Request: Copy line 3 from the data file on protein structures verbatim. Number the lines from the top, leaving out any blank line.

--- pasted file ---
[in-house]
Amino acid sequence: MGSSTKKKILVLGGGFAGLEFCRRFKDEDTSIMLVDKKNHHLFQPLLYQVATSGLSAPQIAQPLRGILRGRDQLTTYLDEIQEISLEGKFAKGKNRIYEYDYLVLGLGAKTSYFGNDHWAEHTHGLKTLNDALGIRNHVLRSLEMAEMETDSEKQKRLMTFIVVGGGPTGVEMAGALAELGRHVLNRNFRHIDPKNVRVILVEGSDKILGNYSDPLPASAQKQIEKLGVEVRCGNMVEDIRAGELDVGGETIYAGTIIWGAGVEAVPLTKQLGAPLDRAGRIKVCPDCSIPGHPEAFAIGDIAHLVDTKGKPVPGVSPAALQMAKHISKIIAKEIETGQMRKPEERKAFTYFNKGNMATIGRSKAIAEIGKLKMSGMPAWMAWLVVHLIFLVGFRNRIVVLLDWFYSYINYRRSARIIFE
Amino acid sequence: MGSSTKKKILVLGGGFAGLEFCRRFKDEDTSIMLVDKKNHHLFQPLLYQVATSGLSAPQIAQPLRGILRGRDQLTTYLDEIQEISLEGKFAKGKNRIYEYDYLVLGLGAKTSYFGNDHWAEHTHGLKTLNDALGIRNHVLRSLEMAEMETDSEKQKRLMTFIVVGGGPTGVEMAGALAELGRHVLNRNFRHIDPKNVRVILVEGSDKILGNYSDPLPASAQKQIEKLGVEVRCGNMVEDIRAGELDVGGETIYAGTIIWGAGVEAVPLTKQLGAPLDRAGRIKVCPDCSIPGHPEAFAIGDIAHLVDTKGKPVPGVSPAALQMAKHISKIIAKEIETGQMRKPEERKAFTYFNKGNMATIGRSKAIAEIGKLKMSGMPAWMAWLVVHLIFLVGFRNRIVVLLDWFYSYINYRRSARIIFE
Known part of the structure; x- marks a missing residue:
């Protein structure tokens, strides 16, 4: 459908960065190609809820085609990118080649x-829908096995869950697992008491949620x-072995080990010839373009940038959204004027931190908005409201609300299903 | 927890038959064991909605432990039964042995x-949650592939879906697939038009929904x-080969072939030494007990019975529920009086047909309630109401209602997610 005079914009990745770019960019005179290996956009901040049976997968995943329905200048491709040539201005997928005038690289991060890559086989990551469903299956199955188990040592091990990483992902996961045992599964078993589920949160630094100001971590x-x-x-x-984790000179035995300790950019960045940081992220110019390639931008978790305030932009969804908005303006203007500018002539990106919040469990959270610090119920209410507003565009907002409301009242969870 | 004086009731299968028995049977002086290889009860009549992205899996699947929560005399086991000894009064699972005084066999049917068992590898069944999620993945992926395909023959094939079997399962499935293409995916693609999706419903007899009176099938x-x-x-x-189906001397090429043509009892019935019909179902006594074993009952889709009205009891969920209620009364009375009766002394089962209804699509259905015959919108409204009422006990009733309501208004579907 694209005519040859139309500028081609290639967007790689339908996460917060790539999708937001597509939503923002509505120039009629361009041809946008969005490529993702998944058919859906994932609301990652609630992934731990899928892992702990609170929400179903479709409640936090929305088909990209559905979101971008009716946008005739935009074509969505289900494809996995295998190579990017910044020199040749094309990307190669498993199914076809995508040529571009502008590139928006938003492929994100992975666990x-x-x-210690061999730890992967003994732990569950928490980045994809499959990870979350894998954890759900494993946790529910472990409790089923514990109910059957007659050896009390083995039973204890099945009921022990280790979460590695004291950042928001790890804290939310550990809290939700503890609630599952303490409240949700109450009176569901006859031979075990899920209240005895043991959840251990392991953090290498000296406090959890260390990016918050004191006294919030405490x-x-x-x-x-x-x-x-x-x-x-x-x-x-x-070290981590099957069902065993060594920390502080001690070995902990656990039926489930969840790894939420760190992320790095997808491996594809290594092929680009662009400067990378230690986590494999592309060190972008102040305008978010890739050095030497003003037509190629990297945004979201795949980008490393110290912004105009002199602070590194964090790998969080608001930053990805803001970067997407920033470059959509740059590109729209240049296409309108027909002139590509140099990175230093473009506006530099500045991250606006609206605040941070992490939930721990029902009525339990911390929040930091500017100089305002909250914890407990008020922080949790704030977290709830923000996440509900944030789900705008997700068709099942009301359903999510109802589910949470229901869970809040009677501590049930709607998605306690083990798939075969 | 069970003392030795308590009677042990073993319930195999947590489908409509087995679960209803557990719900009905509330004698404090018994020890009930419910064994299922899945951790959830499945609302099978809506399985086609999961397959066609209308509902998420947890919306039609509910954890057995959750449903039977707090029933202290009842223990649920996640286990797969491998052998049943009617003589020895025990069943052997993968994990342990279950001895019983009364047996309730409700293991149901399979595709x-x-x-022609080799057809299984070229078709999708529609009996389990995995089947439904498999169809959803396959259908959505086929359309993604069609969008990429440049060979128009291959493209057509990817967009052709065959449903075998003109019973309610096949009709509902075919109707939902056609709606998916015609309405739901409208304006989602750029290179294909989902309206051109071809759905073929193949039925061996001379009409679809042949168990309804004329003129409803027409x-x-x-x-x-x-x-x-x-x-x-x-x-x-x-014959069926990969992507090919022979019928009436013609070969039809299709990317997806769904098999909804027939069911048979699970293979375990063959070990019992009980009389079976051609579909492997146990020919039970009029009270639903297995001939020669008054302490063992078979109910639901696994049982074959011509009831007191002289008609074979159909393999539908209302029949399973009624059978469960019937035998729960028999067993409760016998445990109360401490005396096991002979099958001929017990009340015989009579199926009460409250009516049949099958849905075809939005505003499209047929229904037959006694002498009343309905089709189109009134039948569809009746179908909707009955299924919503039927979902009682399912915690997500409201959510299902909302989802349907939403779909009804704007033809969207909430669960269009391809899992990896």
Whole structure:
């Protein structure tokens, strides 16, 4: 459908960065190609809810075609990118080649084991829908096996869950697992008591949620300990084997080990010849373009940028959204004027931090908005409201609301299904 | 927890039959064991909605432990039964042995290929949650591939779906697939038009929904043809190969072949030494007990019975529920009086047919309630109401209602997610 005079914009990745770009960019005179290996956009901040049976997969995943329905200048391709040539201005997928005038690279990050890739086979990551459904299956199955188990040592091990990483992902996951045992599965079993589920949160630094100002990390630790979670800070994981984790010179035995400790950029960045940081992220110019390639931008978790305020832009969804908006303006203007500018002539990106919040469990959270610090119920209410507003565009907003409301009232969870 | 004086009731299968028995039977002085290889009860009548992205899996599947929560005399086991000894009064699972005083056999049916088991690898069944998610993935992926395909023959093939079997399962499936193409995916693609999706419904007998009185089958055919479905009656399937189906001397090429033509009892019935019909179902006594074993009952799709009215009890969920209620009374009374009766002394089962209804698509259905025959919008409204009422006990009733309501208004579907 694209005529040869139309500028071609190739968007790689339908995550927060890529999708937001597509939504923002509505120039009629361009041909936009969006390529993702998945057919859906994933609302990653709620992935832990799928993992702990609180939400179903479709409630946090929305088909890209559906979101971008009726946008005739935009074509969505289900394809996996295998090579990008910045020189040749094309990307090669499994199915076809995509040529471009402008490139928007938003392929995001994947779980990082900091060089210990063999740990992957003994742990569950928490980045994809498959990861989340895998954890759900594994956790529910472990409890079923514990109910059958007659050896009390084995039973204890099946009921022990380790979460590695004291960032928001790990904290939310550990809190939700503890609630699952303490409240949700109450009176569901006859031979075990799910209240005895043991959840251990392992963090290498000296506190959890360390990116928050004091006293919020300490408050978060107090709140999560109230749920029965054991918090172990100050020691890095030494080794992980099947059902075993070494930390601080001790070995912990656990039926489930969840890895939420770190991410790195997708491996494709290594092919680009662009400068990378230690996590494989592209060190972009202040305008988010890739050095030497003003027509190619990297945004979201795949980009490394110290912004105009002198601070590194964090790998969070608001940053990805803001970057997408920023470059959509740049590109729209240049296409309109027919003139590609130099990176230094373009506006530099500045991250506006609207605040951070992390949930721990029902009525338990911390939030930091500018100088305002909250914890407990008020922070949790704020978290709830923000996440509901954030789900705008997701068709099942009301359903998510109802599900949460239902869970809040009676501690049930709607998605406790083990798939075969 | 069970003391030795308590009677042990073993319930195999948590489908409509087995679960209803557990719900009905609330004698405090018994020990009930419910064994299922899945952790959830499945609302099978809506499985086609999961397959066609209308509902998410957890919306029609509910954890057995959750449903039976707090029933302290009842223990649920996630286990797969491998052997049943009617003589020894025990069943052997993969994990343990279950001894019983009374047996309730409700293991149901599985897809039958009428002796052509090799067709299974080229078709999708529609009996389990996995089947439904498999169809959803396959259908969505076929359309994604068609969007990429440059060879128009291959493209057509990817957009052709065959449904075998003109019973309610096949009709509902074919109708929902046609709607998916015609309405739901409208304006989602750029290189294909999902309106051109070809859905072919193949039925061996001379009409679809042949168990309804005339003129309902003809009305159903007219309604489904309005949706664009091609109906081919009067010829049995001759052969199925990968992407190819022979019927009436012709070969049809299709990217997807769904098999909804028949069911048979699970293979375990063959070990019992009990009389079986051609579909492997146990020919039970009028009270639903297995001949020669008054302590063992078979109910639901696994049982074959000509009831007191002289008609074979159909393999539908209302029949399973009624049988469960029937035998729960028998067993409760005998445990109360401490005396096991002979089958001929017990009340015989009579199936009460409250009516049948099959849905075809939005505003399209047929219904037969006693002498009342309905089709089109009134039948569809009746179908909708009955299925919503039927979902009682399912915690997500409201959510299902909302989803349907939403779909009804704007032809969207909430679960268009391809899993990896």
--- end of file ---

Amino acid sequence: MGSSTKKKILVLGGGFAGLEFCRRFKDEDTSIMLVDKKNHHLFQPLLYQVATSGLSAPQIAQPLRGILRGRDQLTTYLDEIQEISLEGKFAKGKNRIYEYDYLVLGLGAKTSYFGNDHWAEHTHGLKTLNDALGIRNHVLRSLEMAEMETDSEKQKRLMTFIVVGGGPTGVEMAGALAELGRHVLNRNFRHIDPKNVRVILVEGSDKILGNYSDPLPASAQKQIEKLGVEVRCGNMVEDIRAGELDVGGETIYAGTIIWGAGVEAVPLTKQLGAPLDRAGRIKVCPDCSIPGHPEAFAIGDIAHLVDTKGKPVPGVSPAALQMAKHISKIIAKEIETGQMRKPEERKAFTYFNKGNMATIGRSKAIAEIGKLKMSGMPAWMAWLVVHLIFLVGFRNRIVVLLDWFYSYINYRRSARIIFE